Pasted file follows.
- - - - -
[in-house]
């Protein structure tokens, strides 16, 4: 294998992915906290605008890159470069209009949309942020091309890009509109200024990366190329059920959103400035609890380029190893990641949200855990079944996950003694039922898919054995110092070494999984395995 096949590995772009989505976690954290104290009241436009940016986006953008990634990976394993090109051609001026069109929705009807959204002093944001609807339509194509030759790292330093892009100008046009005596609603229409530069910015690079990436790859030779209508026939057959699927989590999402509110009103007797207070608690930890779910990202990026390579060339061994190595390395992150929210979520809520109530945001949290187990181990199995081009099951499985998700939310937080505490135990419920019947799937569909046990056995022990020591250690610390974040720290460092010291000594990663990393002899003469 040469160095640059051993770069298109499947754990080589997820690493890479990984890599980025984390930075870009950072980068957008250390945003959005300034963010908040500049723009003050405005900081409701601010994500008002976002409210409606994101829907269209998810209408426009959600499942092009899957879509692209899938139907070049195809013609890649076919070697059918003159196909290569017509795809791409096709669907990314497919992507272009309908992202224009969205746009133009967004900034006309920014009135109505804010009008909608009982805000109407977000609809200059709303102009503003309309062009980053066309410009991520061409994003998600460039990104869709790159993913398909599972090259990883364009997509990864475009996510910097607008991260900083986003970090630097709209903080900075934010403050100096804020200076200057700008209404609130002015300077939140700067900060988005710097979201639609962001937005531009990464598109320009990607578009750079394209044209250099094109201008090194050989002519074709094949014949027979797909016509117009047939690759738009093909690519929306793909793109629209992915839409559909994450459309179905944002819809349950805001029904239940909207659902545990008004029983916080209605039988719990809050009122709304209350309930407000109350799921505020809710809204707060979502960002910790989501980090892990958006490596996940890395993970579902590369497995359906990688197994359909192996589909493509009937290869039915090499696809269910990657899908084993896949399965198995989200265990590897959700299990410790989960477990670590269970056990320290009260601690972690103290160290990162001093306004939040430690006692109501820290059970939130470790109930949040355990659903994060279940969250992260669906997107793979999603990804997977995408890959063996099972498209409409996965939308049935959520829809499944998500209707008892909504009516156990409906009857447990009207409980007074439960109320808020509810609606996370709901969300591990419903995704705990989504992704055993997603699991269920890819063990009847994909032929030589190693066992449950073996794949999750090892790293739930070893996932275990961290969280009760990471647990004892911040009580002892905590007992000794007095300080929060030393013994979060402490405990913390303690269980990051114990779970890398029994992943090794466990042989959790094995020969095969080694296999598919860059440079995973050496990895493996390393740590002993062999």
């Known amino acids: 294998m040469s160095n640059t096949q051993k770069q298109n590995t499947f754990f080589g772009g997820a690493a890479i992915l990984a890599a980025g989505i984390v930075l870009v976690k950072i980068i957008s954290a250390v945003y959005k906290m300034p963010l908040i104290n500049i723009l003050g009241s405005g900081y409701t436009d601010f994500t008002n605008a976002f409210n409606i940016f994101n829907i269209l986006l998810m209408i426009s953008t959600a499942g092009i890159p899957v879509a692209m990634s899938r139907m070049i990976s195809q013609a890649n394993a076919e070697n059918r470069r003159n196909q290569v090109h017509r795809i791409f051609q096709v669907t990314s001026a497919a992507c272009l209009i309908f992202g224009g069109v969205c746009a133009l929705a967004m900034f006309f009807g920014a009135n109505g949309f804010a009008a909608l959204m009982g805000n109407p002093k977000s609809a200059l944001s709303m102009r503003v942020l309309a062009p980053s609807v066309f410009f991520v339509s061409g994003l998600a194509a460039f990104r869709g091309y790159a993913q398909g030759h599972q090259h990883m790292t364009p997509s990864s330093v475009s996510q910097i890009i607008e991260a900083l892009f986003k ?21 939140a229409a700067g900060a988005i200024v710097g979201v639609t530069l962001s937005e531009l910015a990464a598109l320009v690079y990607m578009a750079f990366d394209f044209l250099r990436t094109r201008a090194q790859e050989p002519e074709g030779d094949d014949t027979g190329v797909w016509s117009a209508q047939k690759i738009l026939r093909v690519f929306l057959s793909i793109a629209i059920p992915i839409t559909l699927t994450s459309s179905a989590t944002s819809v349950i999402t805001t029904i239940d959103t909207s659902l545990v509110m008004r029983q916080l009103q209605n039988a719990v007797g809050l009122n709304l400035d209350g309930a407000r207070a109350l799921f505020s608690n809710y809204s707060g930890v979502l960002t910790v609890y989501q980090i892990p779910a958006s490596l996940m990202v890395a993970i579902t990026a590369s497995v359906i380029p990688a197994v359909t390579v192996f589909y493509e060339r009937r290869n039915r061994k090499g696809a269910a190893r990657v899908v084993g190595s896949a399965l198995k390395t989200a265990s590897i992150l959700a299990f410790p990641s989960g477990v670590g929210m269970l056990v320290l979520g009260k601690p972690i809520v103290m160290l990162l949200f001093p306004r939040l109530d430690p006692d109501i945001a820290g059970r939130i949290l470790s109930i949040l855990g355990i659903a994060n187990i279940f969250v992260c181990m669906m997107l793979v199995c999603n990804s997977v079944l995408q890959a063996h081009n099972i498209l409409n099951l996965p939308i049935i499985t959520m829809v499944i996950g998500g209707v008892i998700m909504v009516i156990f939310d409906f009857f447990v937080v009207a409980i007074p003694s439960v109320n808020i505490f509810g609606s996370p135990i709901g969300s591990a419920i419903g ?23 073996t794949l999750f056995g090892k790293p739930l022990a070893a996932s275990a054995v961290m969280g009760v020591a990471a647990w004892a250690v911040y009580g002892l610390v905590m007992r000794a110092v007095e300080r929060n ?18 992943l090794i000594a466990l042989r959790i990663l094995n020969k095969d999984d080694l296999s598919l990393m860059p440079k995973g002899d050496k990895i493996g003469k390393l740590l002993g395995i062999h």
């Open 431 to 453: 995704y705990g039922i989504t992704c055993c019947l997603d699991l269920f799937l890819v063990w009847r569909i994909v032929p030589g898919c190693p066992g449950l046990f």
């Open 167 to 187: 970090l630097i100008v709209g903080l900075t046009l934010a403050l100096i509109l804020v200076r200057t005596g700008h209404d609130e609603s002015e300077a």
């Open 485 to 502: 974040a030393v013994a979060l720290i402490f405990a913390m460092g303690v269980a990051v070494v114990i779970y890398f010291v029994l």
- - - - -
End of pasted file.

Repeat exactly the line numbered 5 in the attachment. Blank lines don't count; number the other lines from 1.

């Open 167 to 187: 970090l630097i100008v709209g903080l900075t046009l934010a403050l100096i509109l804020v200076r200057t005596g700008h209404d609130e609603s002015e300077a």